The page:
The Kansas House of Representatives is considering a bill regarding meat analogs — think such products as impossible burgers and plant-based products. The bill in question, HB 2437, would require these products to have labeling that essentially spells out they do not in fact contain any meat.
On the surface, the legislation seems pretty straight-forward right, but we suggest it might be more nuanced.
As we all know consumers hate being misled, but will these suggested label changes actually help consumers? Furthermore, what do consumers actually want? That remains unclear. Perhaps consumer advocates should come forward and let’s not forget grocers. They have a stake in this, too. If consumers deem this unnecessary, then why do it? That needs to be determined.
What kind of legal implications might stem from such a bill’s passage into law? Legal blog The Daily Intake run by the law firm Keller and Heckman LLP suggests there could be court challenges.
“Since 2018, 26 states have introduced similar labeling bills, many of which have been challenged in court,” the blog reports. “For instance, Mississippi, Missouri, and Arkansas have all faced legal battles over their respective plant-based meat labeling laws.”
Will the labeling decisions made in Kansas have a larger impact on the U.S.? What does the FDA have to say about all of this?
What does big ag have to say about this?
It should come as no surprise that the Kansas Livestock Association is on board with the bill. The KLA however, is not in favor of its proposed amendments which offer additional language for producers to use such as “veggie” and “vegan” instead of the word “imitation” in front of the meat products they intend to emulate.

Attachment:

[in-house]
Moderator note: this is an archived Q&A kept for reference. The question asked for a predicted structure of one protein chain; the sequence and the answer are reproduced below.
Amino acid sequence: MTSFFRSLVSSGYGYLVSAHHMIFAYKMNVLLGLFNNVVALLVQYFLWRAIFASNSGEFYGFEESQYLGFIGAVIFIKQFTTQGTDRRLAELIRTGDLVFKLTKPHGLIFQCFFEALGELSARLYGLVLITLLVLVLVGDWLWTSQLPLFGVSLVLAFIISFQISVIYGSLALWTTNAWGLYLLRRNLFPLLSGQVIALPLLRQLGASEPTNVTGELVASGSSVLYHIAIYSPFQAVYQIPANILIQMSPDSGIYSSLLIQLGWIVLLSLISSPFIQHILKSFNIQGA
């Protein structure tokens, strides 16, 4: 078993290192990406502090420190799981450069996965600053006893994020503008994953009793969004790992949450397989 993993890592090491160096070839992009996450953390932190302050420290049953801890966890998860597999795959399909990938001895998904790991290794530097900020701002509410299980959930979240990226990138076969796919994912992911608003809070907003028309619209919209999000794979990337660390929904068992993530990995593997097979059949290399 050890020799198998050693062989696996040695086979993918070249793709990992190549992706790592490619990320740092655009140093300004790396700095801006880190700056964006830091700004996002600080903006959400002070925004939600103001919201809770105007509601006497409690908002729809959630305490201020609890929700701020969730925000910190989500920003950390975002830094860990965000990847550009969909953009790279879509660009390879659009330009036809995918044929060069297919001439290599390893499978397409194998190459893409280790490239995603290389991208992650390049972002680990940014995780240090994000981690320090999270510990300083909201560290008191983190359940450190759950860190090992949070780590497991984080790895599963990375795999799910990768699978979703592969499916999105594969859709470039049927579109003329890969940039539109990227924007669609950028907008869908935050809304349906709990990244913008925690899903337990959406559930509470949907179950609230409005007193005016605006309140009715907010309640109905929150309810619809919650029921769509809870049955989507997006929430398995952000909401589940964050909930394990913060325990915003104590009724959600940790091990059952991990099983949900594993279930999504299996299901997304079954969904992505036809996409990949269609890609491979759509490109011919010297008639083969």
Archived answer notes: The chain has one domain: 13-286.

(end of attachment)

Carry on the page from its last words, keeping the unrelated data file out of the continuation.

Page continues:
Do soybean and wheat producers think about this legislation? After all, many of the meat analog products are made from these grains along with peas, beats, mung beans, sunflower and canola oils, many of which are also produced in Kansas. So far, no one has weighed in from these groups.
HB 2437 passed out of the Committee on Agriculture last week and will be considered by the full House. Its sponsor is Rep. Ron Highland, a Republican from Wamego.
Clearly there are a few more questions that need to be resolved before this makes it to Gov. Kelly’s desk.
Now is the time to speak up if ever. Farmers, ranchers, lawyers, ag advocates, vegans, vegetarians, grocers, now is your chance to speak up and join this discussion. Lawmakers need to hear from you so they can make an informed decision.
Once a decision is made the last thing we need to hear is, “Where’s the beef?”